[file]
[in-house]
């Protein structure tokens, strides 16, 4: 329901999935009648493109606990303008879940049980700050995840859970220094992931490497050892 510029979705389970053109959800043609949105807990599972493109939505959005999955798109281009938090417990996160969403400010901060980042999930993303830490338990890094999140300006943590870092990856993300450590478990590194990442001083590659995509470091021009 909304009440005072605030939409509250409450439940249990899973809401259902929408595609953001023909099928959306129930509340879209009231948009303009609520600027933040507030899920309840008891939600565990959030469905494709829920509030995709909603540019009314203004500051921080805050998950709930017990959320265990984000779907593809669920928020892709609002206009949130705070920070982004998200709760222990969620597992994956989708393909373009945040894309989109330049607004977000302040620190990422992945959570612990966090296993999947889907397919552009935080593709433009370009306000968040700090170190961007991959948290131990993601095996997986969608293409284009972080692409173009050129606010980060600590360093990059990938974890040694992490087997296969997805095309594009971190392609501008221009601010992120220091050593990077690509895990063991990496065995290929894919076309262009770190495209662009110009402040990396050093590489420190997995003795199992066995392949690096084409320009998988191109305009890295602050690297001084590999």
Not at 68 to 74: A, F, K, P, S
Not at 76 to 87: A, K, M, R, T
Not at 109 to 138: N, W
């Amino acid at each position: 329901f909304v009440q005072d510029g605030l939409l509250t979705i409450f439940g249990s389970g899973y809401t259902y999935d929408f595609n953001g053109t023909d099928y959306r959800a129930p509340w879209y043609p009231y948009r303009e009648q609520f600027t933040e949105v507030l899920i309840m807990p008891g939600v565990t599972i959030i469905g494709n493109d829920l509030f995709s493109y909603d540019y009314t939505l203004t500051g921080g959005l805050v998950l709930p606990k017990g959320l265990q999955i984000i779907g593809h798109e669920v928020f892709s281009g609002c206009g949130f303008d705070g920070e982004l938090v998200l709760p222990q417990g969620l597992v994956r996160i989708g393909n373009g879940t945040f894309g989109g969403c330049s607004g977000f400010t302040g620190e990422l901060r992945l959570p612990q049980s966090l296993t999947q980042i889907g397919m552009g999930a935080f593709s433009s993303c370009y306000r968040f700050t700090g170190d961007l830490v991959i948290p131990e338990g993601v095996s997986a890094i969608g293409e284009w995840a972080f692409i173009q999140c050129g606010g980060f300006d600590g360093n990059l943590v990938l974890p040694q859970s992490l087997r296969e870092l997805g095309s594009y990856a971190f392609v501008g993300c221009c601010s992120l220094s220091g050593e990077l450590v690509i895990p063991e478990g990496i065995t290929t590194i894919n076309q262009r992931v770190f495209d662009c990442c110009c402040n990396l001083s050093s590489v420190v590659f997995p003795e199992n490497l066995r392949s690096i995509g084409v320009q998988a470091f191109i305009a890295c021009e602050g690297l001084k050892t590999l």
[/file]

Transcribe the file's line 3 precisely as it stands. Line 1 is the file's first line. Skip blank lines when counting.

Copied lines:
Not at 68 to 74: A, F, K, P, S